I am constantly in awe not just of the universe around us, but of humankind’s ability to use ingenuity and creativity to discover the deepest secrets. Go Hubble!

Scientific discovery is inherently creative. It’s a bit hard to see it that way sometimes, because the creation is slower than we might like. It’s slower, for instance, than the creation inherent in new movies, a new baseball season, or some new trend on Twitter (OK, I know nothing  of Twitter, but I think they have trends, right?)

Today is one of those glorious days when the creativity of science becomes apparent. Today the Planck telescope released the best picture of our universe’s earliest visible moment that (as far as we know right now) we’ll ever have. Here it is:

Planck_CMB_565x318So what’s the big deal?

Here’s the big deal.

Stars don’t come with labels. When we look up into the sky, we see lots of little points of light. Some might be brighter or dimmer, and a few even have visibly different colors. But they don’t tell us what they are. One of the amazing accomplishments of humanity is that we can look up at the stars and know that they aren’t little lights in the sky. They are suns, seen from very, very far away.

How far away? By a handful of connected methods, we’ve learned how to measure the distance to the stars. The first of those methods starts like this:

Hold your finger up in front of your nose. Look at it with your left eye. Notice what part of the far wall your finger blocks. Now close that eye and open the other. Your finger blocks out another part of the wall. With a little bit of trigonometry, you can find out how much closer your finger is than the back wall.

Stars are a lot further away than your finger, but that same idea helped us discover the distance to some of the nearest stars. More distant stars required other methods, including one discovered by an astronomer named Henrietta Swan Leavitt.

Leavitt began her astronomy career as a computer, hired to perform boring mathematical calculations in the days before such calculations were automated. Leavitt stuck with it, and became a trusted member of the Harvard College Observatory. Well, trusted may be a bit of an overstatement. As a woman, Leavitt was never allowed to use the observatory telescope. But she was given access to photographic plates, from Harvard and elsewhere. Leavitt noticed something strange on these plates. Most stars looked exactly the same on the plates, night after night after night. But other stars changed their brightness over a period of days or weeks. That wasn’t the exciting discovery. Variable stars had been known for a long time.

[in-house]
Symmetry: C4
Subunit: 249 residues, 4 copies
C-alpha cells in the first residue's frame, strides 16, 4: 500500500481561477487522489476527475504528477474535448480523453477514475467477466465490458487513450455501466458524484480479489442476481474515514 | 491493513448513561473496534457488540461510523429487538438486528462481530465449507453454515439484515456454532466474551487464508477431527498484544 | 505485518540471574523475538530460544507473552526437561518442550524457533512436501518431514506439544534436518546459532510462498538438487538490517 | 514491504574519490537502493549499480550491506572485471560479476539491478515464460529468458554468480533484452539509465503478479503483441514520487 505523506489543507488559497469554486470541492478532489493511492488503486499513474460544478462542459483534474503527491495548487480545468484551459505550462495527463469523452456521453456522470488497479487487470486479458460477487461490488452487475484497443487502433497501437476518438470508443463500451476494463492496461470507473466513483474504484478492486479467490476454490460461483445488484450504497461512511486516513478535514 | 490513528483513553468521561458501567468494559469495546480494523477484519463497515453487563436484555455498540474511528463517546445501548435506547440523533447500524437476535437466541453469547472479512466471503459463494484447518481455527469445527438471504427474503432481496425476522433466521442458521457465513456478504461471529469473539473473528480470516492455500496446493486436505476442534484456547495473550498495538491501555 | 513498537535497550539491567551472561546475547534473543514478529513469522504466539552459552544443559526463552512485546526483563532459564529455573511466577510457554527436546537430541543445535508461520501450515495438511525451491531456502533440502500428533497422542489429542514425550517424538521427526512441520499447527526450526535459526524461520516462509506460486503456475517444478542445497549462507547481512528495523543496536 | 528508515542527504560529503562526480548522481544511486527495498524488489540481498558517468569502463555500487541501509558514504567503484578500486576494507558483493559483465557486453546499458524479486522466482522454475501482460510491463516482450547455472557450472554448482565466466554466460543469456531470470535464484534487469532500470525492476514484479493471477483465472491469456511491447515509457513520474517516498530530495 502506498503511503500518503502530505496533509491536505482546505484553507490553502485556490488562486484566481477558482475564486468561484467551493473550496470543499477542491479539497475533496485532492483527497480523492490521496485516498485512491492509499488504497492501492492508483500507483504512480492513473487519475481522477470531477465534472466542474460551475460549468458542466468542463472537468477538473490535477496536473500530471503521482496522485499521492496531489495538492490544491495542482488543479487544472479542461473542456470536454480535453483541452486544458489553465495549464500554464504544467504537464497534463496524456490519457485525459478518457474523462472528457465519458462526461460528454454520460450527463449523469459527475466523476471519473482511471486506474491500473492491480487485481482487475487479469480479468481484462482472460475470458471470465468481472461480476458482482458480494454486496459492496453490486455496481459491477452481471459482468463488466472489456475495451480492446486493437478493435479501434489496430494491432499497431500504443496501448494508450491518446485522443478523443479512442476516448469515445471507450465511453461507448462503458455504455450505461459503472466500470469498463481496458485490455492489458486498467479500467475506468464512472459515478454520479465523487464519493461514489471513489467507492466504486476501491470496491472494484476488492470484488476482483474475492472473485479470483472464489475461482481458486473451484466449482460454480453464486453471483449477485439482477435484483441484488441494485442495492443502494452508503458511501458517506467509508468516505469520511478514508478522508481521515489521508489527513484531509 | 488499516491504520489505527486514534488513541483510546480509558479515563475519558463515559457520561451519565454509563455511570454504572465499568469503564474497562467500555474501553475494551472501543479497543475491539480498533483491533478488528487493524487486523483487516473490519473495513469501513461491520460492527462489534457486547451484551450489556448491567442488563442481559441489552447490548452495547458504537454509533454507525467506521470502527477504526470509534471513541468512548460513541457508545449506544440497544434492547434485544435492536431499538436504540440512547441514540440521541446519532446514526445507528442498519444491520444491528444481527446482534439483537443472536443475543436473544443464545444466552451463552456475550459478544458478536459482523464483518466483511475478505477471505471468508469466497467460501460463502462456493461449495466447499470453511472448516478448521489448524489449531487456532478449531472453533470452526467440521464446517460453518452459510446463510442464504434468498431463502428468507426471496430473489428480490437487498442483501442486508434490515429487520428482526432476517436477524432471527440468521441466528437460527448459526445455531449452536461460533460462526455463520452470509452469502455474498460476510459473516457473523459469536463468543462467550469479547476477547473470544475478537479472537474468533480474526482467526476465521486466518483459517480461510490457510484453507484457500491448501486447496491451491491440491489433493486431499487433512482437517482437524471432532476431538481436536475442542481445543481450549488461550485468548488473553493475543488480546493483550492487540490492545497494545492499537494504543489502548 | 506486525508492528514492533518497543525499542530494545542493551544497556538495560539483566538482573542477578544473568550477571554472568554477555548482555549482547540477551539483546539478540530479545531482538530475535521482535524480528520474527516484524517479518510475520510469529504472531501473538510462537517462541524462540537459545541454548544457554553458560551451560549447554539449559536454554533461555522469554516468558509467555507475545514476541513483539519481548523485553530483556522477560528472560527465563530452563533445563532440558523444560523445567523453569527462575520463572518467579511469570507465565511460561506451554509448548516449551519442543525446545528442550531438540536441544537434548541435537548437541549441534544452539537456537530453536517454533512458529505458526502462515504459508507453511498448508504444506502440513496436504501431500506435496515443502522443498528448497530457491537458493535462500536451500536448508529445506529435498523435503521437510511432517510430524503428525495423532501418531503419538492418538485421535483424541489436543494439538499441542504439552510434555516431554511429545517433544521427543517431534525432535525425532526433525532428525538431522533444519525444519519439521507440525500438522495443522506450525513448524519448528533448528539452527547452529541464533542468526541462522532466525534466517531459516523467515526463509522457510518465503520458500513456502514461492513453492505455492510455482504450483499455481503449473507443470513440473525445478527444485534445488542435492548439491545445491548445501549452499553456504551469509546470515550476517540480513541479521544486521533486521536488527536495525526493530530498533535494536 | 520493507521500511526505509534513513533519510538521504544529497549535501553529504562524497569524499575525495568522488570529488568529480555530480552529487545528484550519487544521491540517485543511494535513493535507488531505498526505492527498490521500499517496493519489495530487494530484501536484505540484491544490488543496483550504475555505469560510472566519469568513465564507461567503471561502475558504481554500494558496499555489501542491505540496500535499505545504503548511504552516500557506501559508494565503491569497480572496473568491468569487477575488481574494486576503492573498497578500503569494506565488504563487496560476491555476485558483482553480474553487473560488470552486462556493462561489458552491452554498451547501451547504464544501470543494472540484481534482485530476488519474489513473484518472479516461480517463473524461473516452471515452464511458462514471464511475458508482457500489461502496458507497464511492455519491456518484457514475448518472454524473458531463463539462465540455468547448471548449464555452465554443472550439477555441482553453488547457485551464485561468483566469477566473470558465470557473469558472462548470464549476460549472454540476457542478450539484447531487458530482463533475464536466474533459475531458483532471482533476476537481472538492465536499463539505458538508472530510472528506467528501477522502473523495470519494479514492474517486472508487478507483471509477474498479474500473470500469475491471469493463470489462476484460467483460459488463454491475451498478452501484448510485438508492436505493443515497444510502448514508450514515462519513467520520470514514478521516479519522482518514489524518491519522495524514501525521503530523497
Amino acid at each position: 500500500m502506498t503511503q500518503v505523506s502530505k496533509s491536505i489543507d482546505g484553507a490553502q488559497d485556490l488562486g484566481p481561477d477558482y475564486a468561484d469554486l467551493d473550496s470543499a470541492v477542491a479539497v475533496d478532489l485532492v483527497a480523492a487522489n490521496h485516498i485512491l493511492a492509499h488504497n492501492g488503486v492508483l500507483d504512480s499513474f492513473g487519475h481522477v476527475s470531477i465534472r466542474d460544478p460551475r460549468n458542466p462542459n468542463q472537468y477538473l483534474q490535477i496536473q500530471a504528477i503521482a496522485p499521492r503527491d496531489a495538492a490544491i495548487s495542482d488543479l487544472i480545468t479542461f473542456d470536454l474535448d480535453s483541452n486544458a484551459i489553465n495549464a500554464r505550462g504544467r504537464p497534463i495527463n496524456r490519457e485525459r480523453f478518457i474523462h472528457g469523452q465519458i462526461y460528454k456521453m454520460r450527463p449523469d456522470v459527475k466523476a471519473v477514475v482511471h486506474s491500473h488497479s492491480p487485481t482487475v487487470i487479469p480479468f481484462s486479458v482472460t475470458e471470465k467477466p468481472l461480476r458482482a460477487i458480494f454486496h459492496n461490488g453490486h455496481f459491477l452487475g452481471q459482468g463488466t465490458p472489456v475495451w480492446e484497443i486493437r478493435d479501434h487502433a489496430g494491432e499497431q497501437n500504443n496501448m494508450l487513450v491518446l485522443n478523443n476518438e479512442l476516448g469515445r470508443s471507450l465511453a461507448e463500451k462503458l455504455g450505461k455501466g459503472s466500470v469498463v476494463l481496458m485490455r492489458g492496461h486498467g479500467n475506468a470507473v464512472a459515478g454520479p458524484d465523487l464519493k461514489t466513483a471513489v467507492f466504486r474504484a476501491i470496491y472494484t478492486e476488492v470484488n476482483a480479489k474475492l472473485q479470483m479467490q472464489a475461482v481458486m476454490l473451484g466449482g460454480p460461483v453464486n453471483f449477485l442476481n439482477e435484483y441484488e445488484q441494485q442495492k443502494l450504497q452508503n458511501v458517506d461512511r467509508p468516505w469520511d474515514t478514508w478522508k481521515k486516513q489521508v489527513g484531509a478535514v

The exciting part was this: Leavitt noticed that the variable stars in the Large Magellanic Cloud, a cluster of stars visible only from Earth’s Southern Hemisphere, had an interesting relationship. The brighter the star, the longer its period of bright and dark. In fact, the relationship was so strong that Leavitt could turn the data into a straight line graph.

Why was that so exciting? The Large Magellanic Cloud was suspected to be very, very far from Earth. Suppose you live in Baltimore and have two friends living in Seattle. Those two friends are just about the same distance from you, even if they live a few miles apart. The same is true of stars in the Large Magellanic Cloud as seen from Earth. They are all so far away that any difference in their distances from us are unimportant. To a good approximation, these stars are all the same distance from us.

That means that the bright stars really are bright, the dim stars really dim. This relationship (with a few details omitted) let us humans find the distance not just to stars but to to galaxies containing those stars.

Where are we in our tale? We’ve got not just stars, but galaxies, collections of perhaps 100 billion stars or more, whose distances we can know through nothing but our ability to build instruments, make observations, and formulate and then test bold ideas about what’s out there.